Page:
Petition process review
Council voted 10-1 to establish a resident commission tasked with proposing updates to Austin's resident petition process, potentially with a higher signature count as well as new ethical and transparency standards for petitioners. Petition elections may also be locked to higher-turnout November elections.
In Austin, anyone who collects the signatures of at least 20,000 registered voters may petition the city government to enact new policy, roll back previous council action or amend the city charter. The removal of an official follows the same process, but with a higher signature requirement of 10% of the city's voters—currently, more than 66,000 names.
Successful petition measures may either be approved by City Council, or more commonly, put on a future election ballot. Austin has seen multiple petition elections in recent years.
The 20,000-signature threshold for most petitions represents around 3% of the city's voter pool, well below limits set in other large Texas cities and many peer cities nationwide. Until 2012, Austin used a 10% threshold.
Once formed, the new commission is expected to produce recommended changes that voters will consider adopting in the November 2024 election.
Council's action comes two months ahead of an election with two rival ballot measures resulting from petition drives. One, backed by Austin's police union, has attracted criticism from some officials over claims that petition canvassers confused community members and obscured the intentions of the measure.
Quote of note:
"Our current threshold for these initiatives is increasingly less representative of the public. So if we’re going to spend valuable city resources on an election, that petition should stem from a representative cross-section of the public and not an ever-shrinking sliver. We have seen misleading tactics used in these petition drives, and increasing that threshold percentage, increasing transparency and moving charter elections to November respects Austin voters who have consistently voiced a desire for more representative governance," said District 5 Council Member Ryan Alter, sponsor of the charter review resolution.Neighborhood planning and transit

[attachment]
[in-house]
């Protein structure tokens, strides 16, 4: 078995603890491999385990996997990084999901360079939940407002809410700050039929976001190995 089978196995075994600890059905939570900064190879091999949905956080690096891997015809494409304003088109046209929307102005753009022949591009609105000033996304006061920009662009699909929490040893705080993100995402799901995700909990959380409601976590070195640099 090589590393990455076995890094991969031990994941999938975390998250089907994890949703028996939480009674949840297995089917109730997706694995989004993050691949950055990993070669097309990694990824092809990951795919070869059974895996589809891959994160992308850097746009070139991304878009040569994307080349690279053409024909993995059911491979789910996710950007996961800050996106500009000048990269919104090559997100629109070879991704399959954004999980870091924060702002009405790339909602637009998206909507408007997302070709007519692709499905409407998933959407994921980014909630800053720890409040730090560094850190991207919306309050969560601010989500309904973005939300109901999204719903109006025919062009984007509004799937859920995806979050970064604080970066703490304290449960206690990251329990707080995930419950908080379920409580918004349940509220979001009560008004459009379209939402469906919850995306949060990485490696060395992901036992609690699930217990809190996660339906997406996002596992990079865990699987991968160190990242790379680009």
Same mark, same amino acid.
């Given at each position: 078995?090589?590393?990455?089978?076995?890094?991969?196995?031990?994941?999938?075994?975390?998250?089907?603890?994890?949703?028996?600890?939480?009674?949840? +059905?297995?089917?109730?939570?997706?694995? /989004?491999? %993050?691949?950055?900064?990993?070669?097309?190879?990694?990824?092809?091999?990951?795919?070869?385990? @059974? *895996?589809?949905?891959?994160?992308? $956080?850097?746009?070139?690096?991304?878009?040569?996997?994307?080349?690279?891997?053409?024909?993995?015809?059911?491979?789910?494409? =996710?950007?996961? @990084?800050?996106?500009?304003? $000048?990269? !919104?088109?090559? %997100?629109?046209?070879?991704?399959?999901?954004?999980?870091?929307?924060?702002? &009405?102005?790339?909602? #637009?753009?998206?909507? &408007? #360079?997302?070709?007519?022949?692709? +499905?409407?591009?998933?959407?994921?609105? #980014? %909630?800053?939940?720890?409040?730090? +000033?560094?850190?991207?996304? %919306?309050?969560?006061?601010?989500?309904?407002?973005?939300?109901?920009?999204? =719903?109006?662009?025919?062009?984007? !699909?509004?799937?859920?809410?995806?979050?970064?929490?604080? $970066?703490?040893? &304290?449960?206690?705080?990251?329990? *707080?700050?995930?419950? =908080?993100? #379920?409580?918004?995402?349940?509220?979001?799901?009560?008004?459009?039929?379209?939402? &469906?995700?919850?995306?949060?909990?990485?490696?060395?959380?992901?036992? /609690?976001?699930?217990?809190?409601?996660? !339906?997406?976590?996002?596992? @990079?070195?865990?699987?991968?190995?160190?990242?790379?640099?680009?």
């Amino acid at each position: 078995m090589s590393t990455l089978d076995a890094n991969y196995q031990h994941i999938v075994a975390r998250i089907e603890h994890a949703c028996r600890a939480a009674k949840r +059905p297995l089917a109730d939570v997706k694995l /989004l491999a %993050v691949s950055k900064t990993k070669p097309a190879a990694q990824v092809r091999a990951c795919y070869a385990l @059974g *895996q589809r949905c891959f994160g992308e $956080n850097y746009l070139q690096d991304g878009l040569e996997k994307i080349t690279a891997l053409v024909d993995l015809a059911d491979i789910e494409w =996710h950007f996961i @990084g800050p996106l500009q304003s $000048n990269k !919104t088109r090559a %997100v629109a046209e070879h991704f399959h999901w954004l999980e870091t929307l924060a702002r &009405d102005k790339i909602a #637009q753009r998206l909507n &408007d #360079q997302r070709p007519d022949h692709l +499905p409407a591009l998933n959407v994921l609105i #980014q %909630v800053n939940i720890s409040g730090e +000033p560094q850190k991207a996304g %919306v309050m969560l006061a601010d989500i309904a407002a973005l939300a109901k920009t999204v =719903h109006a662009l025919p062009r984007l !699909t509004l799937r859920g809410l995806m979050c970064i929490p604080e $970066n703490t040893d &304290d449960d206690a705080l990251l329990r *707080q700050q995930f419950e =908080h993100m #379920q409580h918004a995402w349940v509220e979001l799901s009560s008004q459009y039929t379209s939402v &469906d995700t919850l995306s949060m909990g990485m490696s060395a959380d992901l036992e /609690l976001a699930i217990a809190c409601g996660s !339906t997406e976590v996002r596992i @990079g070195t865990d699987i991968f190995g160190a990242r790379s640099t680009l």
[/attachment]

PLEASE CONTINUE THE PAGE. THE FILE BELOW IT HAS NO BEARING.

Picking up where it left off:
With developers' interest in building up areas around future Project Connect routes and stations already growing years ahead of the transit network's completion, city and transportation leaders are looking to ensure such activity takes place in a way that is beneficial both to existing communities and future residents.
Capital Metro's framework for equitable transit-oriented development, or ETOD, passed through council March 9 after years of initial work. Next steps will see planners engage with neighborhoods around future bus and rail stops regarding expected growth, and develop changes to city land-use policy that could spur trends, such as denser development with more affordable housing.